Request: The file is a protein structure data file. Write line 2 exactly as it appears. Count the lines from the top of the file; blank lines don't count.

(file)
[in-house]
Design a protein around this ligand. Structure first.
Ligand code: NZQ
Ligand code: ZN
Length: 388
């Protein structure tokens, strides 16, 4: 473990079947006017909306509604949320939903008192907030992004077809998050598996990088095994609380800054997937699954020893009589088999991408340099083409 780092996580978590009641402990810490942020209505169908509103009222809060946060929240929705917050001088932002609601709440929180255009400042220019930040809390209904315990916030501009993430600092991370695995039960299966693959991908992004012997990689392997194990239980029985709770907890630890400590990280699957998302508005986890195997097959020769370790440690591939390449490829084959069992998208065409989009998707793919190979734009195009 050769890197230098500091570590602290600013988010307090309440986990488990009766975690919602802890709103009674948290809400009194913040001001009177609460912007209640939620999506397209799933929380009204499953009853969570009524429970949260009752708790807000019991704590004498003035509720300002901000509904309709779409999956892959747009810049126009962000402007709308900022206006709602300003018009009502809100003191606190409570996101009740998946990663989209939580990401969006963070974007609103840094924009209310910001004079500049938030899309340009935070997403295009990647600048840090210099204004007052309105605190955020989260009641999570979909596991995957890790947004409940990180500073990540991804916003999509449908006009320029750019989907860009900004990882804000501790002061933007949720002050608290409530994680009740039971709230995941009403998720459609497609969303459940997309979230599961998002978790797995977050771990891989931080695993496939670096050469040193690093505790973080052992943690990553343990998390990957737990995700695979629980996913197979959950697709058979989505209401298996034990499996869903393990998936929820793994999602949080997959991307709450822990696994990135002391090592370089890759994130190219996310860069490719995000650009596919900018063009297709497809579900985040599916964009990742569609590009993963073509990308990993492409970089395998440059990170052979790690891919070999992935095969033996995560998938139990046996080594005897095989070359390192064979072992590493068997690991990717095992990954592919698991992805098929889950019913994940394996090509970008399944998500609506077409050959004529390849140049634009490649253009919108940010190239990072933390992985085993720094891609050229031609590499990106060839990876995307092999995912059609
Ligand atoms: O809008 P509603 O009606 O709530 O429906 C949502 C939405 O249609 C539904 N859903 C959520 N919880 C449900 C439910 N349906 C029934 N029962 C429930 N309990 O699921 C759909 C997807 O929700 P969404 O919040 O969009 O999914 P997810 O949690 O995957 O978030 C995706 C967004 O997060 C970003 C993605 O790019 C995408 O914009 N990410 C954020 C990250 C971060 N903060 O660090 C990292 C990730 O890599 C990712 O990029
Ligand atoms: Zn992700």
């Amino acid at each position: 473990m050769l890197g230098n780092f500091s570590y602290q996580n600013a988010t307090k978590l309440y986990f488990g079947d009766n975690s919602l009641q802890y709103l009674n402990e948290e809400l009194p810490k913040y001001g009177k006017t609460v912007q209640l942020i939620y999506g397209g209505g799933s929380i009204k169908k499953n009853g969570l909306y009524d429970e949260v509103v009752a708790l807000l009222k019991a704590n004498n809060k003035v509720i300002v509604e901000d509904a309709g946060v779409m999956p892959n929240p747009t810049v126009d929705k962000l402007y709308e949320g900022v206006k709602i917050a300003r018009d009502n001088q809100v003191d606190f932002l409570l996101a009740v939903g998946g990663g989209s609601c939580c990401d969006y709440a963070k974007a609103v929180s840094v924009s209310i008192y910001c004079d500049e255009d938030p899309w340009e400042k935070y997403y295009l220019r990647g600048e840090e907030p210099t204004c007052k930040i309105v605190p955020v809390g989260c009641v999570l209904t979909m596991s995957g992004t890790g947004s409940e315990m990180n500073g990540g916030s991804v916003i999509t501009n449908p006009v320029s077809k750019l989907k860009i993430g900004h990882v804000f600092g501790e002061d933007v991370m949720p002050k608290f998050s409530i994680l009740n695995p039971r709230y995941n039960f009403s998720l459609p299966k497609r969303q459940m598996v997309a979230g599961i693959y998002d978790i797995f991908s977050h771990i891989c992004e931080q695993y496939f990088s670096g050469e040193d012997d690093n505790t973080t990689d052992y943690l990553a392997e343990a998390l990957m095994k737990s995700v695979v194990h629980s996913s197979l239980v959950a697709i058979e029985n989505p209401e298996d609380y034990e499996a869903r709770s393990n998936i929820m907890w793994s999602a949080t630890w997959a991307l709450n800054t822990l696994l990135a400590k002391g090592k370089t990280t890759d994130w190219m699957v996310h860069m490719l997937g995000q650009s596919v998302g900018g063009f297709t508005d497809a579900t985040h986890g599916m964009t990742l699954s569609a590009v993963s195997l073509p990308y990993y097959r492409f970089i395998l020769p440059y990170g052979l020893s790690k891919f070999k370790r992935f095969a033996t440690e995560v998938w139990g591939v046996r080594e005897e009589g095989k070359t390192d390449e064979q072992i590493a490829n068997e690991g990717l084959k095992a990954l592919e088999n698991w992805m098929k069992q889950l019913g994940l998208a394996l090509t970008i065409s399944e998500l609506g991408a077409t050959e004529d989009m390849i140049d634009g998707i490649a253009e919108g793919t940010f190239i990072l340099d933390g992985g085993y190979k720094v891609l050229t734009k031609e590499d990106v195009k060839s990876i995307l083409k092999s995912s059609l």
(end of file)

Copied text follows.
Design a protein around this ligand. Structure first.